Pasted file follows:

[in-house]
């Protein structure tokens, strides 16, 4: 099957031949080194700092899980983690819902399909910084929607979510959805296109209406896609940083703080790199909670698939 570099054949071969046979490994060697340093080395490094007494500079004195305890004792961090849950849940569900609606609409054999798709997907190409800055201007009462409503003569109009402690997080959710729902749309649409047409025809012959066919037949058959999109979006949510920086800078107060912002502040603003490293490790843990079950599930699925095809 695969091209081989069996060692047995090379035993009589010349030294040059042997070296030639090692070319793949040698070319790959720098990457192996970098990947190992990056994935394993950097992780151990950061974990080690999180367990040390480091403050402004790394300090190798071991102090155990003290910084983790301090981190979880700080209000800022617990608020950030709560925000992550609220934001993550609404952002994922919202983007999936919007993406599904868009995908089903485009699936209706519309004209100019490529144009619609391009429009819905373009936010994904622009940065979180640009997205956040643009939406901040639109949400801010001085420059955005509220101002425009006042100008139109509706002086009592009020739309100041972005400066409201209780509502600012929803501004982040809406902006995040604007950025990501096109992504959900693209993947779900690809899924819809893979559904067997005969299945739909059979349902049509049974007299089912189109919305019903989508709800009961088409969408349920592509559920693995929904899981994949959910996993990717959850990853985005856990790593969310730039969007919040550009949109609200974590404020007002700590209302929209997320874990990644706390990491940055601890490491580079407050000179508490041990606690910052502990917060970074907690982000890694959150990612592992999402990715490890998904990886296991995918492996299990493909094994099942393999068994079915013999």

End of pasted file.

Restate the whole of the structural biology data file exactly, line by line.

[in-house]
């Protein structure tokens, strides 16, 4: 099957031949080194700092899980983690819902399909910084929607979510959805296109209406896609940083703080790199909670698939 570099054949071969046979490994060697340093080395490094007494500079004195305890004792961090849950849940569900609606609409054999798709997907190409800055201007009462409503003569109009402690997080959710729902749309649409047409025809012959066919037949058959999109979006949510920086800078107060912002502040603003490293490790843990079950599930699925095809 695969091209081989069996060692047995090379035993009589010349030294040059042997070296030639090692070319793949040698070319790959720098990457192996970098990947190992990056994935394993950097992780151990950061974990080690999180367990040390480091403050402004790394300090190798071991102090155990003290910084983790301090981190979880700080209000800022617990608020950030709560925000992550609220934001993550609404952002994922919202983007999936919007993406599904868009995908089903485009699936209706519309004209100019490529144009619609391009429009819905373009936010994904622009940065979180640009997205956040643009939406901040639109949400801010001085420059955005509220101002425009006042100008139109509706002086009592009020739309100041972005400066409201209780509502600012929803501004982040809406902006995040604007950025990501096109992504959900693209993947779900690809899924819809893979559904067997005969299945739909059979349902049509049974007299089912189109919305019903989508709800009961088409969408349920592509559920693995929904899981994949959910996993990717959850990853985005856990790593969310730039969007919040550009949109609200974590404020007002700590209302929209997320874990990644706390990491940055601890490491580079407050000179508490041990606690910052502990917060970074907690982000890694959150990612592992999402990715490890998904990886296991995918492996299990493909094994099942393999068994079915013999």